CFPB Proposes Simplifying HMDA Reporting
The CFPB proposed a rule Thursday that aims to simplify the Home Mortgage Disclosure Act reporting requirements for financial institutions. Institutions that produce fewer than 25 mortgages a year would be exempted from reporting requirements.
“For small banks with few staff members, this change could make a significant impact in easing compliance costs,” said the CFPB in a press release.
The new threshold would reduce the overall number of banks required to report HMDA data by 25%, but, because those lenders receive a low volume of applications and originate a low volume of mortgage loans, the change would not compromise the usefulness of the dataset, the CFPB also said.
Under the proposal, financial institutions that make 25 or more closed-end loans or reverse mortgages in a year would be required to report HMDA data. However, the proposal eliminates reporting certain home improvement loans. Financial institutions with a large amount of reported transactions would be required to submit HMDA data on a quarterly basis rather than an annual basis.
“It is critical that we shed more light on the mortgage market – the largest consumer financial market in the world,” CFPB Director Richard Cordray said. “The Home Mortgage Disclosure Act helps financial regulators and public officials keep a watchful eye on emerging trends and problem areas in the mortgage market. Today’s proposal would help us understand better how to protect consumers’ access to mortgage credit while simplifying the reporting requirements for financial institutions.”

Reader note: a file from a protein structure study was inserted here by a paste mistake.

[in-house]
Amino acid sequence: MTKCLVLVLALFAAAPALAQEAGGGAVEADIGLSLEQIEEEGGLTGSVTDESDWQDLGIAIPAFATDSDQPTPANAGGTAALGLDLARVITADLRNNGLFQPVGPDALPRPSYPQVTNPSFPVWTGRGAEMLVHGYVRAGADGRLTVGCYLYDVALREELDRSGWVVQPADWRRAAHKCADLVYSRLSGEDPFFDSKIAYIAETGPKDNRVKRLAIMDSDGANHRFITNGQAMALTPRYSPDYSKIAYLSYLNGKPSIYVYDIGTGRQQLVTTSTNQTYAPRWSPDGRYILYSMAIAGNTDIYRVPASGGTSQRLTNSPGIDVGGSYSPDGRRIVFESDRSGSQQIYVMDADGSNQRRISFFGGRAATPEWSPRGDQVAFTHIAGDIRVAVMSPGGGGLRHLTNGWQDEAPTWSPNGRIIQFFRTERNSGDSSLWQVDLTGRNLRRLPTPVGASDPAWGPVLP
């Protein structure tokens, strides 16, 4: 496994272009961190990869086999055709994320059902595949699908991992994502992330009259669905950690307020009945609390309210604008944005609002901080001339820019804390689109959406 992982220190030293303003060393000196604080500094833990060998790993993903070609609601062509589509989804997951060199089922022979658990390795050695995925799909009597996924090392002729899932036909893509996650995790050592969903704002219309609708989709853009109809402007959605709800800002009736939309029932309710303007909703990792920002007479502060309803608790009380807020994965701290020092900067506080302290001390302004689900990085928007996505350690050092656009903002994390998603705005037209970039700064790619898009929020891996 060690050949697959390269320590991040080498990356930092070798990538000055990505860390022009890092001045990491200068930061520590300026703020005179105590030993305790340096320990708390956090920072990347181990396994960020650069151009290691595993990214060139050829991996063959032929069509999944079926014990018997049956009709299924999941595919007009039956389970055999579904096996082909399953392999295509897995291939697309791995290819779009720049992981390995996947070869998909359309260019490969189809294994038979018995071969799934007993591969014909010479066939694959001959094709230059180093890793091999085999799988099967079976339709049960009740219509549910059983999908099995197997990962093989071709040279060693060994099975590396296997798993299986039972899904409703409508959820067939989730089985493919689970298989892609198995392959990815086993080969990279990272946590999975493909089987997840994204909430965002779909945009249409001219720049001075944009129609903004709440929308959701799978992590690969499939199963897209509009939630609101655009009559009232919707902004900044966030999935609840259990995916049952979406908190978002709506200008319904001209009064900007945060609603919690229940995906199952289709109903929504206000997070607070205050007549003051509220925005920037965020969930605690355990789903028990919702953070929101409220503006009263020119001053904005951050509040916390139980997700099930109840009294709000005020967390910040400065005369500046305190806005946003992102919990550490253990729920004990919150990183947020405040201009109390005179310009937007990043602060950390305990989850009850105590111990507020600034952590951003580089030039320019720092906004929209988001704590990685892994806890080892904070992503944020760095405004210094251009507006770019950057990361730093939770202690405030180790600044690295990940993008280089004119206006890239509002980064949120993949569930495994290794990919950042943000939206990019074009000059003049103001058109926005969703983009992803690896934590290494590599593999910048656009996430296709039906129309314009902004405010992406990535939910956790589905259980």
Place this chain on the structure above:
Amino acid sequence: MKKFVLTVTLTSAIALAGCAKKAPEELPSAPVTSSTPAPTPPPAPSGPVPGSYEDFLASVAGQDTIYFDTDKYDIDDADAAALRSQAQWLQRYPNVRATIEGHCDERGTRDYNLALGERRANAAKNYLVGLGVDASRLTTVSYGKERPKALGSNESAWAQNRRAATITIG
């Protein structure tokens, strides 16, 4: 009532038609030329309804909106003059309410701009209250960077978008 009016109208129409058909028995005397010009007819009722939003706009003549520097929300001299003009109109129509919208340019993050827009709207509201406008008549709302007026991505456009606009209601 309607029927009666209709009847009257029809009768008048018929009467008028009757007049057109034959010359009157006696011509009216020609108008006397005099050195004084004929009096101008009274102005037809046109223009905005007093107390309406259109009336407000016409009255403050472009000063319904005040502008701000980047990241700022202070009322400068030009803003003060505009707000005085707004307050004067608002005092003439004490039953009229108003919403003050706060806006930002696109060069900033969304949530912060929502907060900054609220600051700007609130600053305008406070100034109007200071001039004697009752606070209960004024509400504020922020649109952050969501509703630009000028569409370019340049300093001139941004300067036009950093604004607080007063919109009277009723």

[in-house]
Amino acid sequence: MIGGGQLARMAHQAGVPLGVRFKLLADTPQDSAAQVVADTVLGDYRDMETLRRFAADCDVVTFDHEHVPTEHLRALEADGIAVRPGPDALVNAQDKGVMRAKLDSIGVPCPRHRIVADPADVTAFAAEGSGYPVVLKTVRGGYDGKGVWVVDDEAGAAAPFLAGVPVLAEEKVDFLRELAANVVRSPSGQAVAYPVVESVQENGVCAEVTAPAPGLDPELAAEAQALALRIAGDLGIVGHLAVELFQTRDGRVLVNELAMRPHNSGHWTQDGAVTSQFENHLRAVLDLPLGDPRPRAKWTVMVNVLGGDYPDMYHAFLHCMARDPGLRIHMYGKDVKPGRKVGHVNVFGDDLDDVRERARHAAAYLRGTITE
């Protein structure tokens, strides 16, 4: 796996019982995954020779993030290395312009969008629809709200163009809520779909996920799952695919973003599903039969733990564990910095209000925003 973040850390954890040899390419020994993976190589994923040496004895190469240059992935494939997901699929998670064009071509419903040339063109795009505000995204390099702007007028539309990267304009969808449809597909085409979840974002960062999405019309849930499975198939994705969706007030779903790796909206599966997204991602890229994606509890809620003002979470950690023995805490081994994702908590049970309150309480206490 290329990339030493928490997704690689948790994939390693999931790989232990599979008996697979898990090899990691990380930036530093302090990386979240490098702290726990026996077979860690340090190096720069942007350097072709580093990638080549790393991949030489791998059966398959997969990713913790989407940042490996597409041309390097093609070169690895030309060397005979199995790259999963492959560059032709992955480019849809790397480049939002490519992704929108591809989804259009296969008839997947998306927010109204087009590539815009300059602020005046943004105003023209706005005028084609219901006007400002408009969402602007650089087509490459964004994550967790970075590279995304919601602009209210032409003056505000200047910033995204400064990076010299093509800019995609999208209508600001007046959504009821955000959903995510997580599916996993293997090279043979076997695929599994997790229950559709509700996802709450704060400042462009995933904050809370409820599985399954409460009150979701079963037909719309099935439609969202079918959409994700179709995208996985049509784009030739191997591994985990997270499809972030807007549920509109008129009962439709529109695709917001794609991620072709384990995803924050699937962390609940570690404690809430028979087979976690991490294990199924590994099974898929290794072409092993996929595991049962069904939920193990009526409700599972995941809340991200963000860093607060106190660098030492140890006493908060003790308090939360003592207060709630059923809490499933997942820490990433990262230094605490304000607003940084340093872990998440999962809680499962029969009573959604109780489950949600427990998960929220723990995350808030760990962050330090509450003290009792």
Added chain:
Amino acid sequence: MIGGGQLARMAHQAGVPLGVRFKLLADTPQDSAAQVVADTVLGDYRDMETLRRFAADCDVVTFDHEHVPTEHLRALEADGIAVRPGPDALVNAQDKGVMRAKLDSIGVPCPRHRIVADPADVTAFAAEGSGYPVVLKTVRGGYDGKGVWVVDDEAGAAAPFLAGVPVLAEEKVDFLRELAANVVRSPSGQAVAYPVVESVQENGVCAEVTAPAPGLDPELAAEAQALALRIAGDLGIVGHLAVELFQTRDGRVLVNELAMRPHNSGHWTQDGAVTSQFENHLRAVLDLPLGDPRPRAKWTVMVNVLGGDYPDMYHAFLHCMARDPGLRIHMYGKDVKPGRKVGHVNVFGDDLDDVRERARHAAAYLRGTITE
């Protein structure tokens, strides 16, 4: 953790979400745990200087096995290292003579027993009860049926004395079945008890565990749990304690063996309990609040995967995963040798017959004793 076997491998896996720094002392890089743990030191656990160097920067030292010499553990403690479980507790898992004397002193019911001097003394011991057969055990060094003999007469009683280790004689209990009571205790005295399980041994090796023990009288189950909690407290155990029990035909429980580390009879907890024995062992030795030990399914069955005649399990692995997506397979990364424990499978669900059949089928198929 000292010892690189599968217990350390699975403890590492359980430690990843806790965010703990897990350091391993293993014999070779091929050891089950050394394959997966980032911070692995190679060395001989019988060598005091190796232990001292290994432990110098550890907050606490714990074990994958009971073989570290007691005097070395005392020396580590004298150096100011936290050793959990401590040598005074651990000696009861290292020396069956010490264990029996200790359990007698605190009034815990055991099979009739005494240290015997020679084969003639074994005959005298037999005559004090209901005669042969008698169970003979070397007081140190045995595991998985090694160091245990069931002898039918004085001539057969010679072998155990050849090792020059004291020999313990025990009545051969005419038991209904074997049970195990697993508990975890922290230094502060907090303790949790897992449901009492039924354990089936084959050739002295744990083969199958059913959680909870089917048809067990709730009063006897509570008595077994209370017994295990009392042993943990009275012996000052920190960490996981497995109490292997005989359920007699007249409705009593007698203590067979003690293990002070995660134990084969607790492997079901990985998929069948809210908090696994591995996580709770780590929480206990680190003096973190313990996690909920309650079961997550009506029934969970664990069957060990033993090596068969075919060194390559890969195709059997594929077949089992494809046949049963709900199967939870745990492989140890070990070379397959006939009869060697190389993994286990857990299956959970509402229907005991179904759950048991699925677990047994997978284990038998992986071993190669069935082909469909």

The CFPB is also proposing ways to align HMDA data requirements with well-established industry data standards, which could alleviate the burden on many lenders, and improve the quality of the information reported.
“While the proposal’s efforts to amend institutional and transactional coverage could provide some relief for credit unions, its expansion of the HMDA dataset will undoubtedly create additional expenses and burden for credit unions, NAFCU Director of Regulatory Affairs Mike Coleman said. “Any additions to the HMDA dataset will require credit unions to work with their staffs and vendors to update their processes and software. Because credit unions already grapple with overwhelming regulatory burden, NAFCU believes the Bureau should eliminate unnecessary burden to credit unions and restrict its changes to the HMDA dataset to those mandated by Dodd-Frank.”
Under the Dodd-Frank Act, the CFPB is required to update HMDA regulations by having lenders report specific new information, including the applicant’s age and credit score, property value, loan term, total points and fees and the duration of any teaser or introductory interest rates. The CFPB said the new information could help identify possible discriminatory lending practices and other issues in the marketplace.
The CFPB is also evaluating new technological tools that would make the electronic data submission process more efficient, simplify data formatting requirements andhelp financial institutions prevent reporting errors.